Domestic violence law clears House, but some Republicans aren't happy

The Violence Against Women Act now goes to President Obama's desk, but a majority of Republicans in the House didn't back it. Some say the domestic violence law was flawed and rammed through by leadership.

By , Staff writer

  • close
    House minority leader Nancy Pelosi (D) of California, accompanied by fellow House Democrats, leads a news conference on Capitol Hill in Washington earlier this year to discuss the reintroduction of the Violence Against Women Act. The domestic violence bill passed the House Thursday.
    View Caption

Last year, Republican concerns with the Violence Against Women Act were a primary exhibit in the Democrats’ argument that the GOP was waging a “war on women.”

This year, a nearly-identical bill will land on the president’s desk with wide bipartisan support in both chambers after the House passed the Senate’s version of the bill, known as VAWA, on Thursday.

What a difference an election – and President Obama’s commanding performance with female voters – makes.

Recommended: So you think you know Congress? Take our quiz.

“I am proud that such important legislation was reauthorized today with bipartisan support. Republicans remain committed to protecting all women against acts of domestic violence,” said Rep. Cathy McMorris Rodgers (R) of Washington, the House’s fourth-ranking Republican, in a statement.

“Today we must remember why this bill first passed almost 20 years ago,” said Representative McMorris Rodgers, whose elevation to leadership at the beginning of this Congress was widely seen as an acknowledgment by the GOP that it needed to up its appeal to women. “Protecting women was our first priority then, and it must be our first priority now.”

All 199 Democrats were joined by 87 Republicans in voting for the measure after a Republican alternative that gave weaker protections to American Indians, did not include policy changes to combat human trafficking, and gave less direct protection to lesbian, gay, bisexual, and transgender (LGBT) Americans, among other differences, came up short of the votes needed to pass. The Senate passed the legislation with a commanding 78 to 22 vote, including all Democrats and a majority of Senate Republicans.

In 2012, a similar bill passed the House 222 to 205 with 23 Republicans in opposition and six Democrats in favor and with similarly broad bipartisan appeal in the Senate.

However, that bill foundered when Republicans insisted that a procedural point made the Senate bill invalid. (Senate Democrats included a fee in their bill to pay for more visas for abused undocumented immigrants, violating the constitutional rule that all revenue measures have to originate in the House.) 

The two chambers never attempted to hammer out their differences in a bicameral committee and the bill died – except in the campaign rhetoric of Democrats.

This time, House Republicans, led by majority leader Eric Cantor (R) of Virginia, tried for weeks to craft a bill that could pass with solely Republican support. But because of issues relating to native Americans and the LGBT community, particularly, that consensus proved elusive and the House GOP bill failed to pass on Thursday.

That may have been a good thing, says Rep. Tom Cole (R) of Oklahoma, one of two lawmakers of native American heritage, because it eliminates the need for a contentious conference committee between the House and Senate to hammer out a compromise – during which Democrats could have continued to hammer Republicans on the “war on women.”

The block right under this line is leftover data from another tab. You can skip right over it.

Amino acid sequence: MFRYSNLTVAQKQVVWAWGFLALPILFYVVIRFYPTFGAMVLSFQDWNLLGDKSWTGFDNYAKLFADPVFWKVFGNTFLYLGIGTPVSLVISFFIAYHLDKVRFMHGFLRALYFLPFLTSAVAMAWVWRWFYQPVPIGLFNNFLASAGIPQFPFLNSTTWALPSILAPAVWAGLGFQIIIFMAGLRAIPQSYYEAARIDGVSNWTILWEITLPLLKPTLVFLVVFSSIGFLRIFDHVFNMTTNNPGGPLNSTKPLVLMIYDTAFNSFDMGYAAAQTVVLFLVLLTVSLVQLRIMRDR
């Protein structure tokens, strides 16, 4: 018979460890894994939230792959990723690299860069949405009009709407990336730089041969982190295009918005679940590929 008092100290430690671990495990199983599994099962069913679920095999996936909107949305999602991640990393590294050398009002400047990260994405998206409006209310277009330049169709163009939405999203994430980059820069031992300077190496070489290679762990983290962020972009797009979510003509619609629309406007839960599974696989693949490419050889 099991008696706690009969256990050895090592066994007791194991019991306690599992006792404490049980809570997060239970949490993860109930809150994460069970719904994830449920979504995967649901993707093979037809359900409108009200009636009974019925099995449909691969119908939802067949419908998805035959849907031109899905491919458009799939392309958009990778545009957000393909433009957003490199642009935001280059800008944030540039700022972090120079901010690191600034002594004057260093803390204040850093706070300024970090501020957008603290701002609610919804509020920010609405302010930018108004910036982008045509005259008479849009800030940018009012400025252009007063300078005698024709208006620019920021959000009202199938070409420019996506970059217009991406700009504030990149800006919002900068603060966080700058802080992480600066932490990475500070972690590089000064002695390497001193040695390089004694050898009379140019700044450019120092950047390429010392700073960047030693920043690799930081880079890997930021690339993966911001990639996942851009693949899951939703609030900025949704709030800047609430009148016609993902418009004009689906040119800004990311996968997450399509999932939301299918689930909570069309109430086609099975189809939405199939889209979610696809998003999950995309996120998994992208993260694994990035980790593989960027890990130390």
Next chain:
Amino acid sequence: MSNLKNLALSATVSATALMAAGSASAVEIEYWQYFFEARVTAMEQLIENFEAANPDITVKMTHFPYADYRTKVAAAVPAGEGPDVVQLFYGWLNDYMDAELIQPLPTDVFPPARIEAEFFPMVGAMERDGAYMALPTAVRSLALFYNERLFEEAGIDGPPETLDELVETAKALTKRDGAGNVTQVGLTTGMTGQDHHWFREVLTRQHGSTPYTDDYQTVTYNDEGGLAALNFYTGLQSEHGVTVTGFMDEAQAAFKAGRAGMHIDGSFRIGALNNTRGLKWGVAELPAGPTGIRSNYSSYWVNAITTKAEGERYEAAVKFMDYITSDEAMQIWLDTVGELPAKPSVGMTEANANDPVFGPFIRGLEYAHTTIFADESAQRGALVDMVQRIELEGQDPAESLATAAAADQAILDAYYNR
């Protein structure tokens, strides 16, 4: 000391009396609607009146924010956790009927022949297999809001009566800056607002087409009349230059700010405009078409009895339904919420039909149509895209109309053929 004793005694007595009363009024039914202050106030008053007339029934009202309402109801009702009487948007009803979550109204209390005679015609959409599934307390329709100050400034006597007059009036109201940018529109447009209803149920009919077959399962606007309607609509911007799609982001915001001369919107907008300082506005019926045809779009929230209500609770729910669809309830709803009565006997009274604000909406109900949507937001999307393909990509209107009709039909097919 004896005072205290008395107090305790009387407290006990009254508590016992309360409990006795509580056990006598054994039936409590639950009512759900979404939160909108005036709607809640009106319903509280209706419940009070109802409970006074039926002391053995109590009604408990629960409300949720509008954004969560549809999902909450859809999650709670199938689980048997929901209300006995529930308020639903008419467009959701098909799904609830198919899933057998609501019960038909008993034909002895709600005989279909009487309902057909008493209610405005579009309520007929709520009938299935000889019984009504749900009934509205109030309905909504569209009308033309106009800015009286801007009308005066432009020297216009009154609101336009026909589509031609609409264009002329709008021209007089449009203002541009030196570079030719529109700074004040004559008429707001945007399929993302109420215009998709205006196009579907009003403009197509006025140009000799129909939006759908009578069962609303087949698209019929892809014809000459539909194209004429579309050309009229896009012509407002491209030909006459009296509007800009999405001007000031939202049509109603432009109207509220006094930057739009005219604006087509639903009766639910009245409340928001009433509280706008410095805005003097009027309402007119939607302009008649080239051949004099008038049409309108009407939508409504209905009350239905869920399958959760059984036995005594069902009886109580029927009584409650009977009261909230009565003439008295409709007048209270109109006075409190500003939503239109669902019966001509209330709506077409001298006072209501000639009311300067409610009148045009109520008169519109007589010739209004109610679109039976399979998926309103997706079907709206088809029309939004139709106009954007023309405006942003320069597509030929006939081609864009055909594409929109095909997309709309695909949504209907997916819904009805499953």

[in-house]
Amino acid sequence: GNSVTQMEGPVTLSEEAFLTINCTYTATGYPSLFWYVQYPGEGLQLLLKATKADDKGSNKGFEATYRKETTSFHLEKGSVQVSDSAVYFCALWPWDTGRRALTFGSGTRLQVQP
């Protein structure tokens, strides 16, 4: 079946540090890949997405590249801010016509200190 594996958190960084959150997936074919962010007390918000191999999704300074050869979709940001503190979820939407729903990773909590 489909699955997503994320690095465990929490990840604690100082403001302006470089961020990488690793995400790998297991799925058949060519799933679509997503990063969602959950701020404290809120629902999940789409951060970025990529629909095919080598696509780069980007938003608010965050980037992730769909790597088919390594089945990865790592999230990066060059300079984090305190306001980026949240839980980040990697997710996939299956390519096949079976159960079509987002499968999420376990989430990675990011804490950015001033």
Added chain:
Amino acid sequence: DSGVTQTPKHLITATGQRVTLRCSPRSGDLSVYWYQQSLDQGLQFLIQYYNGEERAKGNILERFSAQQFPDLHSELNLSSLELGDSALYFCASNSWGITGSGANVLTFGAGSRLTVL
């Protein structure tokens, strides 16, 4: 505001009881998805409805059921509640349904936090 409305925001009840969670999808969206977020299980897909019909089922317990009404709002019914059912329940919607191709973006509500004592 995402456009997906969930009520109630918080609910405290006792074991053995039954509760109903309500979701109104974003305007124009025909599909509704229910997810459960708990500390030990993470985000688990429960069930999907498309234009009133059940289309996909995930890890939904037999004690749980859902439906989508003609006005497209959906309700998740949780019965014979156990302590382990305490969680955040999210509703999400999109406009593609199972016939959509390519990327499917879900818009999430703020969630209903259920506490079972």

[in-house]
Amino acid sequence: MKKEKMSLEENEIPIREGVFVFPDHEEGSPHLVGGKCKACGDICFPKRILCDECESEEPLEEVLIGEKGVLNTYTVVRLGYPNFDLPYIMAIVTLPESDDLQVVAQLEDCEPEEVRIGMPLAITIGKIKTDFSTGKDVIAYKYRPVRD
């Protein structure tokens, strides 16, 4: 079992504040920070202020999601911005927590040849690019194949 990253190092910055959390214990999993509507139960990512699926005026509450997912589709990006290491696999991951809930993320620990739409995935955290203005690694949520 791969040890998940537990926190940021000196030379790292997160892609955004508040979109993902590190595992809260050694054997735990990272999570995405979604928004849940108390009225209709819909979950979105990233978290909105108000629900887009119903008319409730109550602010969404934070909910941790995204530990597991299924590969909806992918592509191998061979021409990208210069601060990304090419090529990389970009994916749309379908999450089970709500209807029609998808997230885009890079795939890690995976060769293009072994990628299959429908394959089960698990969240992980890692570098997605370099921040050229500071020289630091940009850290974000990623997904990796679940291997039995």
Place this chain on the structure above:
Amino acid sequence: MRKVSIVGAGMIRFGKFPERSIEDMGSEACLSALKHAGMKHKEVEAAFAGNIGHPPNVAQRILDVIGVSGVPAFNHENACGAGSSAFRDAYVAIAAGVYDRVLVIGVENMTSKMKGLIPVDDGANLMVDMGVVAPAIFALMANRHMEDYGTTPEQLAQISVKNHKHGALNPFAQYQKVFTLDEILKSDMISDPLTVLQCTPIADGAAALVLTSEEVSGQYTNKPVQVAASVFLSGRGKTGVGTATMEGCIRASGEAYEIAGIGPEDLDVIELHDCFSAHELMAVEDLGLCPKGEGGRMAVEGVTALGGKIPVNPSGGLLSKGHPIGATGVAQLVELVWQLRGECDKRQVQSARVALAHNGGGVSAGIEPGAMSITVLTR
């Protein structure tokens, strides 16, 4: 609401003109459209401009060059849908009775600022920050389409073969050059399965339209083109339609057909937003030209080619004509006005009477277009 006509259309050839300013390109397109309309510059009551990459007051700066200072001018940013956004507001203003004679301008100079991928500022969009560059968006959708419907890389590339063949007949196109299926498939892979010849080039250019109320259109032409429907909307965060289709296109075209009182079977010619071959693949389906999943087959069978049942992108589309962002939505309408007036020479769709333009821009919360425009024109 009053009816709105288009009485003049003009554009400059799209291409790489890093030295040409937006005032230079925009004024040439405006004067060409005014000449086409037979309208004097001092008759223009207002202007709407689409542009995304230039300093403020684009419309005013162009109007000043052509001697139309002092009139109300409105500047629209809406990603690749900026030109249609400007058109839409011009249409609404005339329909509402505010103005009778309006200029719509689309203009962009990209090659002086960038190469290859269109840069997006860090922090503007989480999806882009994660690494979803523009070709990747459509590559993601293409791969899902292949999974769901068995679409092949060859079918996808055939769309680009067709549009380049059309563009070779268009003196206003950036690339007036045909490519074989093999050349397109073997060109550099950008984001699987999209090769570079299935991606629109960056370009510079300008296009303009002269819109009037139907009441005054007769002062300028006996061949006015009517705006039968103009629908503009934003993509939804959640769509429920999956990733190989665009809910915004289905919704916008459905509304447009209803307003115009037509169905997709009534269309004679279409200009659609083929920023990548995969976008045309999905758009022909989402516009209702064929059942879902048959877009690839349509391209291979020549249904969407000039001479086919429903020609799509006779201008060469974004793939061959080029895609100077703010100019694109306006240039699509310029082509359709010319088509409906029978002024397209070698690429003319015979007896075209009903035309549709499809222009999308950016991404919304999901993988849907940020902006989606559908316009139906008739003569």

“It’s not a partisan Democratic bill,” says Representative Cole of the Senate measure, which he voted for on Thursday. “I think a bipartisan solution for this actually speaks better for the Congress than a strict partisan bill that would probably push us into a conference that would be deadlocked for weeks.”

Republican opposition in the House included concerns that the bill was foisted onto the conference without going through the regular committee process and that the bill passed without a majority of House Republicans in support. The latter is something many believed Speaker John Boehner (R) of Ohio would refuse to do after the contentious "fiscal cliff" deal  passed with a paltry minority of Republicans.

Passing a bill that didn’t go through the committee process “is a huge concern,” said Rep. Raul Labrador (R) of Idaho on Wednesday. “I know there’s a lot of people who are upset about the process, not necessarily the language of the bill or anything like that. If eventually we get the Senate passed-bill, if that’s what happens after regular order, then that’s going to be the law of the land.”

Democrats, for their part, were ecstatic.

“For over 500 days women have been waiting and praying for this day to come,” said Rep. Gwen Moore (D) of Wisconsin, herself the survivor of a violent sexual assault. “Today, the majority of this body stood up for all women – including native, LGBT, and immigrant women. We answered their clarion call and declared that we will protect the victims of domestic violence, sexual assault, stalking, and human trafficking.”

Share this story:
 
 
Make a Difference
Inspired? Here are some ways to make a difference on this issue.
Follow Stories Like This
Get the Monitor stories you care about delivered to your inbox.
 

We want to hear, did we miss an angle we should have covered? Should we come back to this topic? Or just give us a rating for this story. We want to hear from you.

Loading...

Loading...

Loading...